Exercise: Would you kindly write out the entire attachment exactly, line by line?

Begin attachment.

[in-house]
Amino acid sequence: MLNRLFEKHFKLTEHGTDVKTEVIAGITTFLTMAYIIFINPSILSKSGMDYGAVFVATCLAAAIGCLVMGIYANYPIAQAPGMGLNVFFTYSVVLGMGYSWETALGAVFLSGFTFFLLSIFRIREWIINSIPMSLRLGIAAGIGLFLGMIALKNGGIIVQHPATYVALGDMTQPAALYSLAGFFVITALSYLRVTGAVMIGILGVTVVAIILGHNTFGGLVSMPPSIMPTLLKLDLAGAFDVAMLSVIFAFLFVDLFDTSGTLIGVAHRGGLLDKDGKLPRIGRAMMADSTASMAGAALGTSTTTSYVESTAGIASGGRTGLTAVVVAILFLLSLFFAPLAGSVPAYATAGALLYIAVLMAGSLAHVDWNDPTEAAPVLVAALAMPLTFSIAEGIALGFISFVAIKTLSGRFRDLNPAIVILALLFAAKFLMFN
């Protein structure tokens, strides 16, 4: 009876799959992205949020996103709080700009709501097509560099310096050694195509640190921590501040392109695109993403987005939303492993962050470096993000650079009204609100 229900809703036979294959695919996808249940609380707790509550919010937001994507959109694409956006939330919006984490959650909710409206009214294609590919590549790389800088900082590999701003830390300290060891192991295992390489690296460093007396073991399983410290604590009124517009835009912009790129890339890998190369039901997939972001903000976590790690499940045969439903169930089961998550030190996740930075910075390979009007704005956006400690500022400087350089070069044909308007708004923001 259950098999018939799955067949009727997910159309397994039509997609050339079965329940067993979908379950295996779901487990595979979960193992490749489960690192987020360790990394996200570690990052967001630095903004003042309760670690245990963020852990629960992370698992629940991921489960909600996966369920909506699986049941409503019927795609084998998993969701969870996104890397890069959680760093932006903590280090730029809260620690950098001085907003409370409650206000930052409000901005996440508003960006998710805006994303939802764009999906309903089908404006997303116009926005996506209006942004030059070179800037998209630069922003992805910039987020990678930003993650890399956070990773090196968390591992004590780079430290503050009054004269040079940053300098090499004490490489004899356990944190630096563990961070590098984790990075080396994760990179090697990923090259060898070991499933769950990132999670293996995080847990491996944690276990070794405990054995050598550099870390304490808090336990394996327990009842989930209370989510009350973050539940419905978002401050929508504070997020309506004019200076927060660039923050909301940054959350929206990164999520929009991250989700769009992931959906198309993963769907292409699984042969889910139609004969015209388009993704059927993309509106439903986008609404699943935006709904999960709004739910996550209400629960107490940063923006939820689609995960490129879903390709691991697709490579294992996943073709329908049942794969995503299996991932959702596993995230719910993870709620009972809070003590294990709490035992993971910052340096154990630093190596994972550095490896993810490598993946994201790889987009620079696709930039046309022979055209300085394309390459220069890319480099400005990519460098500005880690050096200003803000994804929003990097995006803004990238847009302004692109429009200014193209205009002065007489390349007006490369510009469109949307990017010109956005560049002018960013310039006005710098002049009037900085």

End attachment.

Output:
[in-house]
Amino acid sequence: MLNRLFEKHFKLTEHGTDVKTEVIAGITTFLTMAYIIFINPSILSKSGMDYGAVFVATCLAAAIGCLVMGIYANYPIAQAPGMGLNVFFTYSVVLGMGYSWETALGAVFLSGFTFFLLSIFRIREWIINSIPMSLRLGIAAGIGLFLGMIALKNGGIIVQHPATYVALGDMTQPAALYSLAGFFVITALSYLRVTGAVMIGILGVTVVAIILGHNTFGGLVSMPPSIMPTLLKLDLAGAFDVAMLSVIFAFLFVDLFDTSGTLIGVAHRGGLLDKDGKLPRIGRAMMADSTASMAGAALGTSTTTSYVESTAGIASGGRTGLTAVVVAILFLLSLFFAPLAGSVPAYATAGALLYIAVLMAGSLAHVDWNDPTEAAPVLVAALAMPLTFSIAEGIALGFISFVAIKTLSGRFRDLNPAIVILALLFAAKFLMFN
């Protein structure tokens, strides 16, 4: 009876799959992205949020996103709080700009709501097509560099310096050694195509640190921590501040392109695109993403987005939303492993962050470096993000650079009204609100 229900809703036979294959695919996808249940609380707790509550919010937001994507959109694409956006939330919006984490959650909710409206009214294609590919590549790389800088900082590999701003830390300290060891192991295992390489690296460093007396073991399983410290604590009124517009835009912009790129890339890998190369039901997939972001903000976590790690499940045969439903169930089961998550030190996740930075910075390979009007704005956006400690500022400087350089070069044909308007708004923001 259950098999018939799955067949009727997910159309397994039509997609050339079965329940067993979908379950295996779901487990595979979960193992490749489960690192987020360790990394996200570690990052967001630095903004003042309760670690245990963020852990629960992370698992629940991921489960909600996966369920909506699986049941409503019927795609084998998993969701969870996104890397890069959680760093932006903590280090730029809260620690950098001085907003409370409650206000930052409000901005996440508003960006998710805006994303939802764009999906309903089908404006997303116009926005996506209006942004030059070179800037998209630069922003992805910039987020990678930003993650890399956070990773090196968390591992004590780079430290503050009054004269040079940053300098090499004490490489004899356990944190630096563990961070590098984790990075080396994760990179090697990923090259060898070991499933769950990132999670293996995080847990491996944690276990070794405990054995050598550099870390304490808090336990394996327990009842989930209370989510009350973050539940419905978002401050929508504070997020309506004019200076927060660039923050909301940054959350929206990164999520929009991250989700769009992931959906198309993963769907292409699984042969889910139609004969015209388009993704059927993309509106439903986008609404699943935006709904999960709004739910996550209400629960107490940063923006939820689609995960490129879903390709691991697709490579294992996943073709329908049942794969995503299996991932959702596993995230719910993870709620009972809070003590294990709490035992993971910052340096154990630093190596994972550095490896993810490598993946994201790889987009620079696709930039046309022979055209300085394309390459220069890319480099400005990519460098500005880690050096200003803000994804929003990097995006803004990238847009302004692109429009200014193209205009002065007489390349007006490369510009469109949307990017010109956005560049002018960013310039006005710098002049009037900085």